Whether you’re just getting started or you need a quick last-minute run-down, check out these grab-and-go guides to the most important elements of the SAT essay.
The SAT expects you to discuss the development of ideas through a passage. The easiest way to do this is to break the assigned passage into three pieces and talk about how each leads to the next. Write a five-paragraph essay and focus your three body paragraphs on the passage’s beginning, middle, and end.
Body paragraph structure
Give these points 1-2 sentences each. Let’s break them down:
Transition. Bring the goals of the last paragraph and the new one together in one sentence. “Having emphasized the value of what she will offer, the author goes on to present easy-to-memorize tips.”
Strategy. Identify a key strategy used in the section you’re discussing. A strategy isn’t the author’s main idea; it’s a way the author made that idea more persuasive or effective, like supplying statistical evidence or using emotional appeals. “The author presents her ideas as a series of quick bullet points.”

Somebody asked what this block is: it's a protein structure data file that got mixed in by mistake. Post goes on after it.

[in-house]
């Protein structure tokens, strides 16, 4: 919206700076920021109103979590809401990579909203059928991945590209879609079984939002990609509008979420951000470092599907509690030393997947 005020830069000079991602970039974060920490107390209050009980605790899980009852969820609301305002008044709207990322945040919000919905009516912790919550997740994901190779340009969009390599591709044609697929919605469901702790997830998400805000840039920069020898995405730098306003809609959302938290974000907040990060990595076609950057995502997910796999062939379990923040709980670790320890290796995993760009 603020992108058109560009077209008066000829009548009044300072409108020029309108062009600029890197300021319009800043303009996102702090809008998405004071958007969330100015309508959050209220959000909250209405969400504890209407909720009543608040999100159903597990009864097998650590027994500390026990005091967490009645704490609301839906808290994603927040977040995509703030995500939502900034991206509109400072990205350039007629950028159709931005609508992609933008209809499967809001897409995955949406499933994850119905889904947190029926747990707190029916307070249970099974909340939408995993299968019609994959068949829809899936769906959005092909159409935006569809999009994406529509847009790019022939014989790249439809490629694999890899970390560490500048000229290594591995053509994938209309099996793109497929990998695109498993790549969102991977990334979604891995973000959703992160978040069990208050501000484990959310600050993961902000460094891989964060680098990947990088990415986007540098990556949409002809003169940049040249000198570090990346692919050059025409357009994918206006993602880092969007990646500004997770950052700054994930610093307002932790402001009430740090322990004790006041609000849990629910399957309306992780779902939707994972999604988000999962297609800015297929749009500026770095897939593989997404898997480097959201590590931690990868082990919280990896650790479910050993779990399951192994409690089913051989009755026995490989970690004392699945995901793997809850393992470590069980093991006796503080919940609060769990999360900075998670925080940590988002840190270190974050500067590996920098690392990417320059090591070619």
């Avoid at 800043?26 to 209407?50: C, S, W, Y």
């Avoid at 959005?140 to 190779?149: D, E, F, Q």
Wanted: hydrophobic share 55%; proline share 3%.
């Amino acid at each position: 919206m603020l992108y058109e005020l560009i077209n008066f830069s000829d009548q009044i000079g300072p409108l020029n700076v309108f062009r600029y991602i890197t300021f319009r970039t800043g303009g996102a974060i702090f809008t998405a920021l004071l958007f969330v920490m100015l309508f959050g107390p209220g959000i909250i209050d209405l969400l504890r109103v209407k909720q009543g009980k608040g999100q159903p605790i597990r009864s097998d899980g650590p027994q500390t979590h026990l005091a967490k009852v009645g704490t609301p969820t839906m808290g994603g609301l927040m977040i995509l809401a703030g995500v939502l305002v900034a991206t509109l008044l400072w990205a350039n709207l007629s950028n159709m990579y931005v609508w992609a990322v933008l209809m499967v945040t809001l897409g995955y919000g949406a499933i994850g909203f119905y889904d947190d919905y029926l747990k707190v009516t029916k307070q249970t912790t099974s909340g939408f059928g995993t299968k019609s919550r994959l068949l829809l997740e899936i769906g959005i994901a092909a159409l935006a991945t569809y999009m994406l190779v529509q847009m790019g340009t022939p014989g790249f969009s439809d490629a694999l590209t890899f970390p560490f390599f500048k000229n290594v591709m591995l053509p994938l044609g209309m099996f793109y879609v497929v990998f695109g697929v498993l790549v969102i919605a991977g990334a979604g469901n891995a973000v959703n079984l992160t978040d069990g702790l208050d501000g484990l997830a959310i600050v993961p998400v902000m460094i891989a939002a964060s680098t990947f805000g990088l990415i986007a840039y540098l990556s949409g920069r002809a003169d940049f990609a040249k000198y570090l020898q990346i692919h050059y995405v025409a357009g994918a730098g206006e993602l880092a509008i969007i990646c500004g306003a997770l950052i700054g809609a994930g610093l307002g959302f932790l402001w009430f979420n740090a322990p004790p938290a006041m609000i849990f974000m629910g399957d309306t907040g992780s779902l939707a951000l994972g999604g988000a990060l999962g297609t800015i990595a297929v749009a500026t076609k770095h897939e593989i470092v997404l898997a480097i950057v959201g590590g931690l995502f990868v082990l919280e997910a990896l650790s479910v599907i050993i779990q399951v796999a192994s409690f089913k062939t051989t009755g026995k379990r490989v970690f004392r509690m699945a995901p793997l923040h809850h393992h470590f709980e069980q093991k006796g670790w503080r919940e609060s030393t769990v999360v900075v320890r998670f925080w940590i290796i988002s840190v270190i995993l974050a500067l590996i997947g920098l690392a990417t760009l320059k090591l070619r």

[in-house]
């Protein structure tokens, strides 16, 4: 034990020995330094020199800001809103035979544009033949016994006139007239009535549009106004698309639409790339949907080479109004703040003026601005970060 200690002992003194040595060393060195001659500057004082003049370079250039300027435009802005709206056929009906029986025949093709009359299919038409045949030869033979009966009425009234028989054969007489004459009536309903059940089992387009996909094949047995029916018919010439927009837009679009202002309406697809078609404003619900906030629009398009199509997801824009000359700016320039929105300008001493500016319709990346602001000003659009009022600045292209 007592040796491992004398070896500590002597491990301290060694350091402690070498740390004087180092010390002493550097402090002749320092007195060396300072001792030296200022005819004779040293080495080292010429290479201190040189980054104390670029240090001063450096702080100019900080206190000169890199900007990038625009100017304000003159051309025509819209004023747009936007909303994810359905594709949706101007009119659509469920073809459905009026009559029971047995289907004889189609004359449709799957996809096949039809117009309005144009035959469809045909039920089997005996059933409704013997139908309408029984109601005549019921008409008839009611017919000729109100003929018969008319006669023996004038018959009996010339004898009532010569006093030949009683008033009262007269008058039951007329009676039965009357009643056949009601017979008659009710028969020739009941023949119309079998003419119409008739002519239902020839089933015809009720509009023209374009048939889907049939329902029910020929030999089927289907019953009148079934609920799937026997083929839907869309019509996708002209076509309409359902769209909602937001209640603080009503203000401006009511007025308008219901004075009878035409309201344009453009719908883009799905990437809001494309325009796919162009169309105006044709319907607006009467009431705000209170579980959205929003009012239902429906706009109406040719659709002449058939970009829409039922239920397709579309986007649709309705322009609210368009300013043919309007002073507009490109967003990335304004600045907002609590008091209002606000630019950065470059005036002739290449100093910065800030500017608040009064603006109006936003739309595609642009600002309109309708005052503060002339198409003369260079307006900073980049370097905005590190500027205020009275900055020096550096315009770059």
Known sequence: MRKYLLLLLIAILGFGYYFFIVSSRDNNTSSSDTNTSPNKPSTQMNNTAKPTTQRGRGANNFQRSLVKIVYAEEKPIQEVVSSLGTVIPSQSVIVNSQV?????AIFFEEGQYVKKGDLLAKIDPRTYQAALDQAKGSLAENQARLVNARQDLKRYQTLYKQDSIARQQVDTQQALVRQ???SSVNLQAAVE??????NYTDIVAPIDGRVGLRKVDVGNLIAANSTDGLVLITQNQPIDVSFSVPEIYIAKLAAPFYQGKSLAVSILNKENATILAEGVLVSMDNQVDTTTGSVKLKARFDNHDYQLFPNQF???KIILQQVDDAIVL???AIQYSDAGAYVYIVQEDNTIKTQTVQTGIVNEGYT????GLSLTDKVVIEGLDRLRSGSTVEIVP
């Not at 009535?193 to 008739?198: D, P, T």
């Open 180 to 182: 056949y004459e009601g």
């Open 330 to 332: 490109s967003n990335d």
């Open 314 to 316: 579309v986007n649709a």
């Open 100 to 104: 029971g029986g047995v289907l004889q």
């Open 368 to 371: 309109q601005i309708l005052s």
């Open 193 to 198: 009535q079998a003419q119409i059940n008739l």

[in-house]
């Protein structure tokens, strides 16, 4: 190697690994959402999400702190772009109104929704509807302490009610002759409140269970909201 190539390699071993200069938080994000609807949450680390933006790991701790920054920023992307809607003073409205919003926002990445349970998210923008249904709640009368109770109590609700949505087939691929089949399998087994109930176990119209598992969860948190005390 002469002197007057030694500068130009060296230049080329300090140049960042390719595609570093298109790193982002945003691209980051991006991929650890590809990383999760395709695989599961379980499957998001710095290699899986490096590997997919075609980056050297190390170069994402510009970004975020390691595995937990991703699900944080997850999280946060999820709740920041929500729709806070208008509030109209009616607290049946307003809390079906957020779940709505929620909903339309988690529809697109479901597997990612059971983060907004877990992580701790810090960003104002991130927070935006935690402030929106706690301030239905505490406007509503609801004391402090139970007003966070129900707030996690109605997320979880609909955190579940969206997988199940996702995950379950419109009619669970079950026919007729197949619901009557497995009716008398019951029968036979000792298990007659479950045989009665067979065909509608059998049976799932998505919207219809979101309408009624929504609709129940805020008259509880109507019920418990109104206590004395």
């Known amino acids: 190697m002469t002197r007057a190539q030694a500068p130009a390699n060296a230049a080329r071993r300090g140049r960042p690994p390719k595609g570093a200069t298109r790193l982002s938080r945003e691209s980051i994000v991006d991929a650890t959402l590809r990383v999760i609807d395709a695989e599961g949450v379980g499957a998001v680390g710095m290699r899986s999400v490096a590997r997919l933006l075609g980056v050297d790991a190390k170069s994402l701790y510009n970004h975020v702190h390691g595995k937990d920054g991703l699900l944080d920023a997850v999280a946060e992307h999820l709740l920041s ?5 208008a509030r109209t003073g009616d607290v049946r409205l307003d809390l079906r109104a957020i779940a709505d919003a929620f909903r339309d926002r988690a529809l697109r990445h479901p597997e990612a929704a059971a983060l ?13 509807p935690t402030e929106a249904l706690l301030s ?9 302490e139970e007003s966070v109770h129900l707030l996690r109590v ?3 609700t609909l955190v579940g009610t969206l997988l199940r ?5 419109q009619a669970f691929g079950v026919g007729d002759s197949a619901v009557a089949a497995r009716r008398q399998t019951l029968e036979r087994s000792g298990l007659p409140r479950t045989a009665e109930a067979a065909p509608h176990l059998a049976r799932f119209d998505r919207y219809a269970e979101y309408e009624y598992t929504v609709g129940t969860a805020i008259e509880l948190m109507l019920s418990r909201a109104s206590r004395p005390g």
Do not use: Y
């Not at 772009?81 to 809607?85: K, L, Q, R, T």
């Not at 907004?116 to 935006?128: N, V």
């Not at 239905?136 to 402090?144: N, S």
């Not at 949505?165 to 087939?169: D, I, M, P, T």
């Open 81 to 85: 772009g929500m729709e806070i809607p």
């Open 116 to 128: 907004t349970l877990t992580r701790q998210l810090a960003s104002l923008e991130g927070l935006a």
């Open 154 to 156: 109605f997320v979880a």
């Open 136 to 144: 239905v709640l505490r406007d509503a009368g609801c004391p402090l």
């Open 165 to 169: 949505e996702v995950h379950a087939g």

Quote. Include a good, meaty quote that lets the reader see the strategy in action.
Effect. Explain precisely how the strategy affects the reader. Zero in on effects specific to the passage you’re analyzing. “Bullet points make her ideas easier to grasp” is vague; it could be said about a lot of articles. “Bullet points make key SAT essay structures easy to memorize” is specific to this passage.
Goal. Build from the effect to describe the goal it achieves: “The bullet structure makes it more likely that her audience will remember and apply her advice.”